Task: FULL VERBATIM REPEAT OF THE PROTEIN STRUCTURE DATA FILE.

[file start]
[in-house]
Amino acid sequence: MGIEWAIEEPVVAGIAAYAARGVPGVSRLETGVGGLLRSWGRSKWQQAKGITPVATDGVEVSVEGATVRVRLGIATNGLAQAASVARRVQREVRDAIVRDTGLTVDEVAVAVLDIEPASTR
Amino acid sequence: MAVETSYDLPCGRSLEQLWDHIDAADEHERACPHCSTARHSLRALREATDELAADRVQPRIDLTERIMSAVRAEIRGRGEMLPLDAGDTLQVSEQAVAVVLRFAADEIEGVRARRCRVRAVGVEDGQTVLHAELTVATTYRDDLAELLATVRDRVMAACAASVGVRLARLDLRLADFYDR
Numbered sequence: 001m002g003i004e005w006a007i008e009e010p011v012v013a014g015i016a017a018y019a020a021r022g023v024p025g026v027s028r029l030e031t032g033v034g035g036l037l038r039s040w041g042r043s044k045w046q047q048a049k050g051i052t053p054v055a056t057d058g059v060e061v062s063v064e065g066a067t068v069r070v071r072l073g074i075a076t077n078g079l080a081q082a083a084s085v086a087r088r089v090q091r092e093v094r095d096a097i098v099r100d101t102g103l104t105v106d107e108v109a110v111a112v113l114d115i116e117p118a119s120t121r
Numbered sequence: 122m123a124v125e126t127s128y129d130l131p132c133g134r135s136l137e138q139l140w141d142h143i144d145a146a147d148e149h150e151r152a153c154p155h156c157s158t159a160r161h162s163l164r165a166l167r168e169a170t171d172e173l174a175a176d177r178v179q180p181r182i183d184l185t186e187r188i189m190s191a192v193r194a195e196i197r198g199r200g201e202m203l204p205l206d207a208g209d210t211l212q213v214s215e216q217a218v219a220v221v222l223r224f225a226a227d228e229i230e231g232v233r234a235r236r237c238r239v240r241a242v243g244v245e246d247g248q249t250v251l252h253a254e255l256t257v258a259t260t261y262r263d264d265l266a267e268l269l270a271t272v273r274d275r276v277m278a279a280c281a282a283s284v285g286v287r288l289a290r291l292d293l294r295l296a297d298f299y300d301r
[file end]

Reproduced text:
[in-house]
Amino acid sequence: MGIEWAIEEPVVAGIAAYAARGVPGVSRLETGVGGLLRSWGRSKWQQAKGITPVATDGVEVSVEGATVRVRLGIATNGLAQAASVARRVQREVRDAIVRDTGLTVDEVAVAVLDIEPASTR
Amino acid sequence: MAVETSYDLPCGRSLEQLWDHIDAADEHERACPHCSTARHSLRALREATDELAADRVQPRIDLTERIMSAVRAEIRGRGEMLPLDAGDTLQVSEQAVAVVLRFAADEIEGVRARRCRVRAVGVEDGQTVLHAELTVATTYRDDLAELLATVRDRVMAACAASVGVRLARLDLRLADFYDR
Numbered sequence: 001m002g003i004e005w006a007i008e009e010p011v012v013a014g015i016a017a018y019a020a021r022g023v024p025g026v027s028r029l030e031t032g033v034g035g036l037l038r039s040w041g042r043s044k045w046q047q048a049k050g051i052t053p054v055a056t057d058g059v060e061v062s063v064e065g066a067t068v069r070v071r072l073g074i075a076t077n078g079l080a081q082a083a084s085v086a087r088r089v090q091r092e093v094r095d096a097i098v099r100d101t102g103l104t105v106d107e108v109a110v111a112v113l114d115i116e117p118a119s120t121r
Numbered sequence: 122m123a124v125e126t127s128y129d130l131p132c133g134r135s136l137e138q139l140w141d142h143i144d145a146a147d148e149h150e151r152a153c154p155h156c157s158t159a160r161h162s163l164r165a166l167r168e169a170t171d172e173l174a175a176d177r178v179q180p181r182i183d184l185t186e187r188i189m190s191a192v193r194a195e196i197r198g199r200g201e202m203l204p205l206d207a208g209d210t211l212q213v214s215e216q217a218v219a220v221v222l223r224f225a226a227d228e229i230e231g232v233r234a235r236r237c238r239v240r241a242v243g244v245e246d247g248q249t250v251l252h253a254e255l256t257v258a259t260t261y262r263d264d265l266a267e268l269l270a271t272v273r274d275r276v277m278a279a280c281a282a283s284v285g286v287r288l289a290r291l292d293l294r295l296a297d298f299y300d301r